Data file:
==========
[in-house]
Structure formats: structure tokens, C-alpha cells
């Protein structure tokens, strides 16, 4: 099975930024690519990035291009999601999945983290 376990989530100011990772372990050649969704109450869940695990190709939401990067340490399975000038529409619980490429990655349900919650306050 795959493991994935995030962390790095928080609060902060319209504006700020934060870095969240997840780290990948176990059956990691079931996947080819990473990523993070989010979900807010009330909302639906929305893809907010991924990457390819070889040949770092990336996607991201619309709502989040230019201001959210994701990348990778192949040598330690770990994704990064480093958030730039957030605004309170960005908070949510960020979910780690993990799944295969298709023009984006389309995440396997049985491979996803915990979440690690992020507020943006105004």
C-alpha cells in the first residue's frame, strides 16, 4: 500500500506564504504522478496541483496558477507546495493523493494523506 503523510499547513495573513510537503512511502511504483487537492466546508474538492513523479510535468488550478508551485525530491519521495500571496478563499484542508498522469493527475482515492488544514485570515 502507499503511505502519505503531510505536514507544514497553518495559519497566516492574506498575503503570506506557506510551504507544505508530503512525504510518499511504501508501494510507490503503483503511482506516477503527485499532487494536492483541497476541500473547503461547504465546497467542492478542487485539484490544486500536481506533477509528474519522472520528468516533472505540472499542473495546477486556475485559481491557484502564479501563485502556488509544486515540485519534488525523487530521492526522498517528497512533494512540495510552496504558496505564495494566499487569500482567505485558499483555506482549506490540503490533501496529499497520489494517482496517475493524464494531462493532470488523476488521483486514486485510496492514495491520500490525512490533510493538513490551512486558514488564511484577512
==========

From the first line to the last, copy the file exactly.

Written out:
[in-house]
Structure formats: structure tokens, C-alpha cells
């Protein structure tokens, strides 16, 4: 099975930024690519990035291009999601999945983290 376990989530100011990772372990050649969704109450869940695990190709939401990067340490399975000038529409619980490429990655349900919650306050 795959493991994935995030962390790095928080609060902060319209504006700020934060870095969240997840780290990948176990059956990691079931996947080819990473990523993070989010979900807010009330909302639906929305893809907010991924990457390819070889040949770092990336996607991201619309709502989040230019201001959210994701990348990778192949040598330690770990994704990064480093958030730039957030605004309170960005908070949510960020979910780690993990799944295969298709023009984006389309995440396997049985491979996803915990979440690690992020507020943006105004």
C-alpha cells in the first residue's frame, strides 16, 4: 500500500506564504504522478496541483496558477507546495493523493494523506 503523510499547513495573513510537503512511502511504483487537492466546508474538492513523479510535468488550478508551485525530491519521495500571496478563499484542508498522469493527475482515492488544514485570515 502507499503511505502519505503531510505536514507544514497553518495559519497566516492574506498575503503570506506557506510551504507544505508530503512525504510518499511504501508501494510507490503503483503511482506516477503527485499532487494536492483541497476541500473547503461547504465546497467542492478542487485539484490544486500536481506533477509528474519522472520528468516533472505540472499542473495546477486556475485559481491557484502564479501563485502556488509544486515540485519534488525523487530521492526522498517528497512533494512540495510552496504558496505564495494566499487569500482567505485558499483555506482549506490540503490533501496529499497520489494517482496517475493524464494531462493532470488523476488521483486514486485510496492514495491520500490525512490533510493538513490551512486558514488564511484577512